by Moira Cullings
KANSAS CITY, Kan. — Pinterest is famous for inspiring people to try a new recipe or tackle a do-it-yourself project.
But Deacon Dana Nearmyer, the lead consultant for the office of evangelization and Catholic formation of youth, is hoping it might pique interest in something more than a great tater tot casserole.
He is always looking, in fact, to inspire spiritual growth through ordinary means.
That’s why he’s launched a Pinterest account called Archdiocese of KCK Parents. Deacon Nearmyer’s purpose in creating the page, he said, is to provide the social media platform as “a Web page of advice and comfort, and one that meets parents where they’re at.” At its core, the page is meant to showcase the Catholic worldview through a modern, relatable approach.
The Archdiocese of KCK Parents page exhibits a variety of boards designed not only to strengthen the faith of viewers, but also to give them practical advice in times of trial, as well as ideas for happy, healthy relationships. Deacon Nearmyer invites parishioners to share with him what they are interested in or find helpful so he can add their ideas to the page.
The account is targeted at parents, but provides information relevant to all young adults seeking hope and encouragement.
“Over the last couple of years,” said Deacon Nearmyer, “there’s been this incredible swell of interest in helping parents to be the first and best teachers,” which is also a major part of Archbishop Joseph F. Naumann’s 10-year vision. This Pinterest page sets out to equip parents with the proficiency and wisdom they need to be those teachers.
Nancy Borisov, a parishioner at Sacred Heart of Jesus in Shawnee, has followed the Archdiocese of KCK Parents account since it was launched and is a real fan.
“It has so many topics that I’m interested in and find comforting,” she said. “You know you’re getting good, solid Catholic teachings, lessons and ideas that you are free to use and help make your family a better domestic church.”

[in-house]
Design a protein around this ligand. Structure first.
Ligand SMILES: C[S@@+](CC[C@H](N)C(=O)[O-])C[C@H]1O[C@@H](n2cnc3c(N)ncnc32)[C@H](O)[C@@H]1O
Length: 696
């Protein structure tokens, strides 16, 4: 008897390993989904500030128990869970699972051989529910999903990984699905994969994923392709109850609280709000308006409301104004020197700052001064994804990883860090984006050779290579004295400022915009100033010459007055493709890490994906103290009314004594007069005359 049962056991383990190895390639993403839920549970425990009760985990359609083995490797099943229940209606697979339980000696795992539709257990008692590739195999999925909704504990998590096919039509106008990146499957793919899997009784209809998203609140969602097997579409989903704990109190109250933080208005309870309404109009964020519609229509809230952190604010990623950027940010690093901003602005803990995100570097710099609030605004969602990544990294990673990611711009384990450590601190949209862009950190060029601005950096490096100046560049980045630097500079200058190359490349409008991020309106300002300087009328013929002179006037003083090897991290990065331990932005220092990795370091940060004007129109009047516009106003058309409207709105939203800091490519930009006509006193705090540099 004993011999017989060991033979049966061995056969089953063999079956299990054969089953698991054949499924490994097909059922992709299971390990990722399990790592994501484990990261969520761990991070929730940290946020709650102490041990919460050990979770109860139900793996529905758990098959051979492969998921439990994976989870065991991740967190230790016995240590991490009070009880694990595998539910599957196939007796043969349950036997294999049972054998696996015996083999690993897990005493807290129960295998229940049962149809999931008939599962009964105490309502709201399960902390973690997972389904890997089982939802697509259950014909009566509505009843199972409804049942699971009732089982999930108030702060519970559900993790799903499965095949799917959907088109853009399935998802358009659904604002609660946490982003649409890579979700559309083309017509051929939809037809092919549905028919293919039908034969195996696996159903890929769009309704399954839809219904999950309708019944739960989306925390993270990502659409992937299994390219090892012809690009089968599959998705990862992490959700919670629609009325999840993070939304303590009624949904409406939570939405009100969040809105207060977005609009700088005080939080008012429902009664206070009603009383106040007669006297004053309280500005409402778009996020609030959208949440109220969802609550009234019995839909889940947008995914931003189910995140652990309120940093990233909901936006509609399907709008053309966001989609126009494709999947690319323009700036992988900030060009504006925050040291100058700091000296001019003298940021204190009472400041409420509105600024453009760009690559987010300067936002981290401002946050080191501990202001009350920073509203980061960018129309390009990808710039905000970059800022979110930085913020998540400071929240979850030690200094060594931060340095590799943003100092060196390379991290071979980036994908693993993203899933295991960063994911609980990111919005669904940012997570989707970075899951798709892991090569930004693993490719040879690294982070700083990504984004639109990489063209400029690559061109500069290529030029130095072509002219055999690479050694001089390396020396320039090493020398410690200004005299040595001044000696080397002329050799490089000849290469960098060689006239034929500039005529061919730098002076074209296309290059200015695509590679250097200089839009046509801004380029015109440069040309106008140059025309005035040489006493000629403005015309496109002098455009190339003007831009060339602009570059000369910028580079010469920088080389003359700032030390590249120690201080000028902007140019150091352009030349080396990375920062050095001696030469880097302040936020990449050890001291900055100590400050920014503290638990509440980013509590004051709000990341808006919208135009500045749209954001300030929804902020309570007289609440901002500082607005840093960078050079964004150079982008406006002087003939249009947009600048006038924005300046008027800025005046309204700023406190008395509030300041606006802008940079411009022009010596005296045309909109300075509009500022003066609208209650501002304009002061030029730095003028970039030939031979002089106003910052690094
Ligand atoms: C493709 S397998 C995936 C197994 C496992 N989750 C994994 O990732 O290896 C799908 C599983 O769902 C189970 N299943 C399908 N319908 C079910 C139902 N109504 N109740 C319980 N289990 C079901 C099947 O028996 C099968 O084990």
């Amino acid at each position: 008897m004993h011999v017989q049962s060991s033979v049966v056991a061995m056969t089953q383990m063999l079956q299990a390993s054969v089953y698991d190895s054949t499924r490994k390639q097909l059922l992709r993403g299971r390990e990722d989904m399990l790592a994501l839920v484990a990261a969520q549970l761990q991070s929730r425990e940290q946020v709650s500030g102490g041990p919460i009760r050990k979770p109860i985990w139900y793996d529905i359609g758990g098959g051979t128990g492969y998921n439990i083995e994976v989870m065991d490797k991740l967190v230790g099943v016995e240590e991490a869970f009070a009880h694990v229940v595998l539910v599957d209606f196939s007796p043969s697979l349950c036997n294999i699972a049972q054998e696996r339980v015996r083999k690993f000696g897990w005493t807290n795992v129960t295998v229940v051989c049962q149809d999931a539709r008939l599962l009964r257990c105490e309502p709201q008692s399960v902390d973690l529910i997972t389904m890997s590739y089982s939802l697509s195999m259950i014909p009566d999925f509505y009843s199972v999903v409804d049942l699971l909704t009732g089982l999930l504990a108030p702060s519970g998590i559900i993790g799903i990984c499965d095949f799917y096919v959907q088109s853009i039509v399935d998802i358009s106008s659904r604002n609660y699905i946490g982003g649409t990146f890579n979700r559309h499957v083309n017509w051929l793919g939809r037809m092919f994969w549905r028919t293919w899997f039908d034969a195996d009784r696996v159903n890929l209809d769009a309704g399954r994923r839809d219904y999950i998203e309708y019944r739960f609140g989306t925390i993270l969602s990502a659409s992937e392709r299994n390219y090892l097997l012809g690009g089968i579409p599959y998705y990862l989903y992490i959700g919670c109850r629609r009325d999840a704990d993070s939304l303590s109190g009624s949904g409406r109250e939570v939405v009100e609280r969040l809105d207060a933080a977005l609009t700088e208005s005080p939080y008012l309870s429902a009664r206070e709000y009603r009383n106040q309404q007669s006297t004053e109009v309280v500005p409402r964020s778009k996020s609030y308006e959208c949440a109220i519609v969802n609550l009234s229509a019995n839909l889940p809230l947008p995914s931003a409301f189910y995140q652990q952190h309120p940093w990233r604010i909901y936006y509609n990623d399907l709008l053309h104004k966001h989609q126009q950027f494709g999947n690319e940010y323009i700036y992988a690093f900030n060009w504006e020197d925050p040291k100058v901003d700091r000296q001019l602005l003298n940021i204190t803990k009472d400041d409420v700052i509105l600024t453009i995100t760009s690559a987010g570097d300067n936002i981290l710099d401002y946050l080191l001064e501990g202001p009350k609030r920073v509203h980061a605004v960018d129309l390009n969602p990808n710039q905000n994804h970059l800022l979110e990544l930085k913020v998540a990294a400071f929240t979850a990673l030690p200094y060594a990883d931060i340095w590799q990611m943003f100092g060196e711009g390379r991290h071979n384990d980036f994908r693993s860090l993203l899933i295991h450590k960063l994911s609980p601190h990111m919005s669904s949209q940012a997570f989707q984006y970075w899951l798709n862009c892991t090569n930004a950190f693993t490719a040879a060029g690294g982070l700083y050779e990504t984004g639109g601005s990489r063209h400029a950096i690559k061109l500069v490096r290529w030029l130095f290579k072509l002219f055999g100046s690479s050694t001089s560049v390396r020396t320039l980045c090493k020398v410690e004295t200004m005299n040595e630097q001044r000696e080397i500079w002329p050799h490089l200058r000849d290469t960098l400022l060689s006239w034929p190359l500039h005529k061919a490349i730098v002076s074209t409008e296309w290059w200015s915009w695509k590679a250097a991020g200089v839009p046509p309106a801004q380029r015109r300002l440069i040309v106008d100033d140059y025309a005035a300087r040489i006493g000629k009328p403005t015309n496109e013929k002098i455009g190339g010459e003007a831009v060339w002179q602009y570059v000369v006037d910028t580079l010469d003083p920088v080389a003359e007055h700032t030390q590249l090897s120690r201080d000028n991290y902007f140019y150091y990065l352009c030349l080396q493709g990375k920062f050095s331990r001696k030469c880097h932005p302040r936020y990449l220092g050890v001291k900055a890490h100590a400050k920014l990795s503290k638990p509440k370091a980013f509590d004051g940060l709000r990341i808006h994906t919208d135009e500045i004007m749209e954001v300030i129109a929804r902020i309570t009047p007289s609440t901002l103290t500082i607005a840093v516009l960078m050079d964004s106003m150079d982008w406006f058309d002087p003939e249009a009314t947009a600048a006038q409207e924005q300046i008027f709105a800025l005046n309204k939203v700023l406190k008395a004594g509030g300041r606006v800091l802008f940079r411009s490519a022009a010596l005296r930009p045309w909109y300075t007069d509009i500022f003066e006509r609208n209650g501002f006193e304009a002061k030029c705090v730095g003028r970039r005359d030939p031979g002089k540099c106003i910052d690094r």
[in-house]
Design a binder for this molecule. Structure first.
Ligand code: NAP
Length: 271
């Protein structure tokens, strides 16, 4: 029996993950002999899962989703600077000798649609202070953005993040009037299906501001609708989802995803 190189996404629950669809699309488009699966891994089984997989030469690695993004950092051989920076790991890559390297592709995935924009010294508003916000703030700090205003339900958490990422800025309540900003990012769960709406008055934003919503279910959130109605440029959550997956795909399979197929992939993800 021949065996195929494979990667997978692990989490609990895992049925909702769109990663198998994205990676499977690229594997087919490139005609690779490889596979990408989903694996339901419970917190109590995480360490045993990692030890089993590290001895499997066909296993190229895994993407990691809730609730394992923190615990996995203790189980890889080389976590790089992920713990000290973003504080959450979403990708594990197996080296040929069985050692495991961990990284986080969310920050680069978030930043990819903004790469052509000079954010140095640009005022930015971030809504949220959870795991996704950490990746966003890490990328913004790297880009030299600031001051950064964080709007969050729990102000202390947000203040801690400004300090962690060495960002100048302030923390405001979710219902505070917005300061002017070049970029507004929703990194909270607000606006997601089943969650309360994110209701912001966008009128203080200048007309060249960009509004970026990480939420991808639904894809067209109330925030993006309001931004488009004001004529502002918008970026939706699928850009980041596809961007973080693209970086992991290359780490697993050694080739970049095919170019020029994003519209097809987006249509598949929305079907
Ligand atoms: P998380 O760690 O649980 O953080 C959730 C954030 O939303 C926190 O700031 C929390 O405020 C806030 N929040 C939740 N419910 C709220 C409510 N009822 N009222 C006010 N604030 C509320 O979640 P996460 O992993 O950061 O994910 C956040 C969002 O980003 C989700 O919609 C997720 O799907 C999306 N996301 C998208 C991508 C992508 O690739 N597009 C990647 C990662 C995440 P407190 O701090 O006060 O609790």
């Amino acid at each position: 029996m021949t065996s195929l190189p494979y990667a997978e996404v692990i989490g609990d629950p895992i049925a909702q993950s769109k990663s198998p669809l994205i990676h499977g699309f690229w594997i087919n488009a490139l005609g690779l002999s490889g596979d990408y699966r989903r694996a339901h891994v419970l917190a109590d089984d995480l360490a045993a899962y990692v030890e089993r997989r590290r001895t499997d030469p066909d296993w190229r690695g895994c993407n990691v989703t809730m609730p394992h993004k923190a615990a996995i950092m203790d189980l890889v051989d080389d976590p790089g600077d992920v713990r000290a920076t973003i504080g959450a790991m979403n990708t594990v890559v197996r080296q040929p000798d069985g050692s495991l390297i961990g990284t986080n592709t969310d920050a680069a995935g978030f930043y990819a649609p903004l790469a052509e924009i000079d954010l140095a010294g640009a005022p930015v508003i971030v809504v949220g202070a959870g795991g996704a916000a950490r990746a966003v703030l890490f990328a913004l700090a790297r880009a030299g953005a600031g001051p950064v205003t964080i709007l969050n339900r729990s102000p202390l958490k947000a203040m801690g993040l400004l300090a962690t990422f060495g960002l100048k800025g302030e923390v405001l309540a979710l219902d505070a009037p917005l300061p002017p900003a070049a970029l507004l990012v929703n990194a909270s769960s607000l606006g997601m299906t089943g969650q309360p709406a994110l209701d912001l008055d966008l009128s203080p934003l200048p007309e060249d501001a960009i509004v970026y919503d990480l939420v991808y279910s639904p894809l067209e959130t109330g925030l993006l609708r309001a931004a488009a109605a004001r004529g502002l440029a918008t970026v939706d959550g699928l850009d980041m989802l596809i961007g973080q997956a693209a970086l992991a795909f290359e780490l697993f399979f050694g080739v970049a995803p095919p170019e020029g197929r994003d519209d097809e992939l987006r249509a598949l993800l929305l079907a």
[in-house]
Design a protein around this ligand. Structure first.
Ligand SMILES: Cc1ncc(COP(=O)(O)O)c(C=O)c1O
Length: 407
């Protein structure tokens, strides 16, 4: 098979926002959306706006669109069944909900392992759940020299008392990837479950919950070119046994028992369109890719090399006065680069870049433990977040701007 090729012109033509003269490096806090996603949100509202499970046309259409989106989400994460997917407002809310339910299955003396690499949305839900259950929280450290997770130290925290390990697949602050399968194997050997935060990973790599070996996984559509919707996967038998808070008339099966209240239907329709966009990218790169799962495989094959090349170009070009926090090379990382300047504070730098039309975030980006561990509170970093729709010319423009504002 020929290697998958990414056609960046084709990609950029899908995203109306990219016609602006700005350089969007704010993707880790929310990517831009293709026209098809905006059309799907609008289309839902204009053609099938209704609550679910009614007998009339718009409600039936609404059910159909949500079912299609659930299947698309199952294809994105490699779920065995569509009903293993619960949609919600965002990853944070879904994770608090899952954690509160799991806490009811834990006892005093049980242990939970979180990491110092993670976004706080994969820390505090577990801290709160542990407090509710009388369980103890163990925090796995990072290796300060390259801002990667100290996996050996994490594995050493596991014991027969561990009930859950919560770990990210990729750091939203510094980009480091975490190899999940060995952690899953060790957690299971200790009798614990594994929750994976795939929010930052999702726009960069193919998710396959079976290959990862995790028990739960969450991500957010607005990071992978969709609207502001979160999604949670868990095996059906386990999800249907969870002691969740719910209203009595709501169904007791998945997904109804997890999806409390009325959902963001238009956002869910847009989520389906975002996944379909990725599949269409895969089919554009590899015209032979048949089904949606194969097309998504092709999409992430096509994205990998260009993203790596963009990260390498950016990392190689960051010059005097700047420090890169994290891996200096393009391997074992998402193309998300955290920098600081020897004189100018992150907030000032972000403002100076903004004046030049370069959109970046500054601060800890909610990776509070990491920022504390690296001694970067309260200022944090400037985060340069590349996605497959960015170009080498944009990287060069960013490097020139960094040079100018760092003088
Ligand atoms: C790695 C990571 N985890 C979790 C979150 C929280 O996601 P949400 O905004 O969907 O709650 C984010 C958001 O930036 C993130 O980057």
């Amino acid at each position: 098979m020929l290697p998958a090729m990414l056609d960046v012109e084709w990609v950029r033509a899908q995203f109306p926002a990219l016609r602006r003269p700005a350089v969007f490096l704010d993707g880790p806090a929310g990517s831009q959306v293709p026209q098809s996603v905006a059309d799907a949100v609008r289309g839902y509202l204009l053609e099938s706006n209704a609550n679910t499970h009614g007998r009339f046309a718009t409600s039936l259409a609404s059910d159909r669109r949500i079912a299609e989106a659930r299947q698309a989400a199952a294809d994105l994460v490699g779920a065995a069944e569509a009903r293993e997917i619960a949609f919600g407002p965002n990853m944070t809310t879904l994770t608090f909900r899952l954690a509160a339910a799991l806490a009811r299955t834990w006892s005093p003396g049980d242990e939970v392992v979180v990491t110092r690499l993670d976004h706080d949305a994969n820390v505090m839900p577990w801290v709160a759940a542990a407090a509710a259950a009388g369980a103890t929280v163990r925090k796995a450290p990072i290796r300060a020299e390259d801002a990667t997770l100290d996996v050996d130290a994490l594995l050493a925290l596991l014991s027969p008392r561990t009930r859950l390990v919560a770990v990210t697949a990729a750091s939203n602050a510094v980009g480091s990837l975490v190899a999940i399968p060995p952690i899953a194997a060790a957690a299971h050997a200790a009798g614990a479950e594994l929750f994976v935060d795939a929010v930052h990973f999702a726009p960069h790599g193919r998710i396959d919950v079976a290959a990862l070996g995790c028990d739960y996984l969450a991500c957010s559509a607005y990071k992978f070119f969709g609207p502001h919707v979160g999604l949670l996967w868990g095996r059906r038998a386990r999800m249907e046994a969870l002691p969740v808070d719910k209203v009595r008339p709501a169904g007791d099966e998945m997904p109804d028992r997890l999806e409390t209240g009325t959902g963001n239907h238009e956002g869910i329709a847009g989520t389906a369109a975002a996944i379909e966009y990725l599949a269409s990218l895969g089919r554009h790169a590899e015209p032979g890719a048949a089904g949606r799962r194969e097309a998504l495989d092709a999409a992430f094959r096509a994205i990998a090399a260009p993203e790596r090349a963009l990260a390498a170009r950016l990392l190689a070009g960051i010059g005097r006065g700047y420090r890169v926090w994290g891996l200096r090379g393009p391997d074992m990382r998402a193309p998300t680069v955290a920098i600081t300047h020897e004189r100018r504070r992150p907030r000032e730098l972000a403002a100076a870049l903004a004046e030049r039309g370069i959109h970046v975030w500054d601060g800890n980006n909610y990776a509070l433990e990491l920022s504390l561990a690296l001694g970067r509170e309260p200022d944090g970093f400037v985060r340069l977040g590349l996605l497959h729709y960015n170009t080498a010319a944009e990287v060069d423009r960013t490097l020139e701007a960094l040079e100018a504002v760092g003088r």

Social media may appear to be another distraction from spiritual progress, but this is not necessarily true, said Deacon Nearmyer.
Instead, it can be a vehicle that helps people “to be connected.”
“The pope keeps talking about this thing, this closeness,” said Deacon Nearmyer. “And he says when we’re close to each other, faith can be transmitted over the lines. We’ll know when people are in distress and we’re able to help them.”
It is fitting this help come from sites like Pinterest, as many people turn to the Internet for comfort and counsel, he continued.
“The healing of the Eucharist and the healing of the church’s power are what we want to bring to the place where people spend the most time,” Deacon Nearmyer said.
Although 85 percent of people on Pinterest are women, he encourages men to get involved as well, as pages such as this will offer invaluable guidance that everyone can use.
Caroline and Emily Thompson also understand the need for a modern spiritual guide. In 2012, they started a blog called “Princess Prayer.” The sisters, who learned much from each other growing up, asked themselves, “What if there are young women out there who feel alone in their pursuit of holy living?” This sparked their idea to write a public blog.
Some of the Princess Prayer blog posts are among the things Deacon Nearmyer pins.
“Invoking the Holy Spirit is a powerful prayer that turns an everyday moment into something sacred,” said Caroline Thompson. “I think that’s what we try to write about: holiness in the everyday.”
“Anything seemingly secular can be used for the spiritual,” she added. “I think that’s what we hope to communicate in our blog. [It’s] as if to say, ‘Hey, this theology stuff is actually relevant.’ God doesn’t just want your ‘church self’ but your entire, exhausted parent, struggling student, enjoys a glass of wine, Facebook- perusing self.”
Both social projects, in fact, are connected through that one, essential message.
“Our faith isn’t confined to how we pray during church or anything like that,” said Deacon Nearmyer. “It’s how we live.”
To visit the Archdiocese of KCK Parents page, go to the website at: www.Pinterest.com/ArchKCK. To visit the Princess Prayer blog, go online to: My PrincessPrayer.Wordpress.com.
To create your own Pinterest account, visit the website at: www.Pinterest.com. Type in your email address and create a password, then click “Sign up.” On your profile page, you will be able to create your own boards and search for items to pin. Common boards include recipes, quotes, home décor, etc. After you have created your account, you can “follow” the new Archdiocese of KCK Parents account by visiting the URL above and clicking “follow” in the top right-hand corner.